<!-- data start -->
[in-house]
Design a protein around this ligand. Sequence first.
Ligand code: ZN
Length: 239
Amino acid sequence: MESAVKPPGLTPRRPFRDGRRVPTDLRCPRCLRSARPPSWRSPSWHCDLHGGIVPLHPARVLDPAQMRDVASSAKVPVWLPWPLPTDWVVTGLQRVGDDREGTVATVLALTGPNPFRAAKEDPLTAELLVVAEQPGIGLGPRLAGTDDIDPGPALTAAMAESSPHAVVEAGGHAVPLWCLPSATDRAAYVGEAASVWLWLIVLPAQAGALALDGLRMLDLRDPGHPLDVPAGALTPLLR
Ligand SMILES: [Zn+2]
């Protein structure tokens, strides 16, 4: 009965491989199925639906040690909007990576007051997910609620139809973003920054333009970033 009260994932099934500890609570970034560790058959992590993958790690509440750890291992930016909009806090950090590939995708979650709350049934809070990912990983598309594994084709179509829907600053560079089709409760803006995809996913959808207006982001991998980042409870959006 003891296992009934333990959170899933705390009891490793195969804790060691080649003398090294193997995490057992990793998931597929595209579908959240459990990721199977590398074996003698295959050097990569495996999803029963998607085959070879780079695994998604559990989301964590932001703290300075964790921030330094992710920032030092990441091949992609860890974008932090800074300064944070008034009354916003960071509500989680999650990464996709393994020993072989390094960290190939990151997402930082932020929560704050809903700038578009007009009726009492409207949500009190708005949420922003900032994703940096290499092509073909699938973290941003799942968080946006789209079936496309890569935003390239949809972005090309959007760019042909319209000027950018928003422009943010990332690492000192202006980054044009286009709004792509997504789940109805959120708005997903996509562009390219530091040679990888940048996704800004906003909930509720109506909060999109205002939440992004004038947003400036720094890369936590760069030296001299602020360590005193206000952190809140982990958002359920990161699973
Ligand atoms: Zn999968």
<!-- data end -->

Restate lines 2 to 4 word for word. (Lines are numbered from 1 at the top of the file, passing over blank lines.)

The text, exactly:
Design a protein around this ligand. Sequence first.
Ligand code: ZN
Length: 239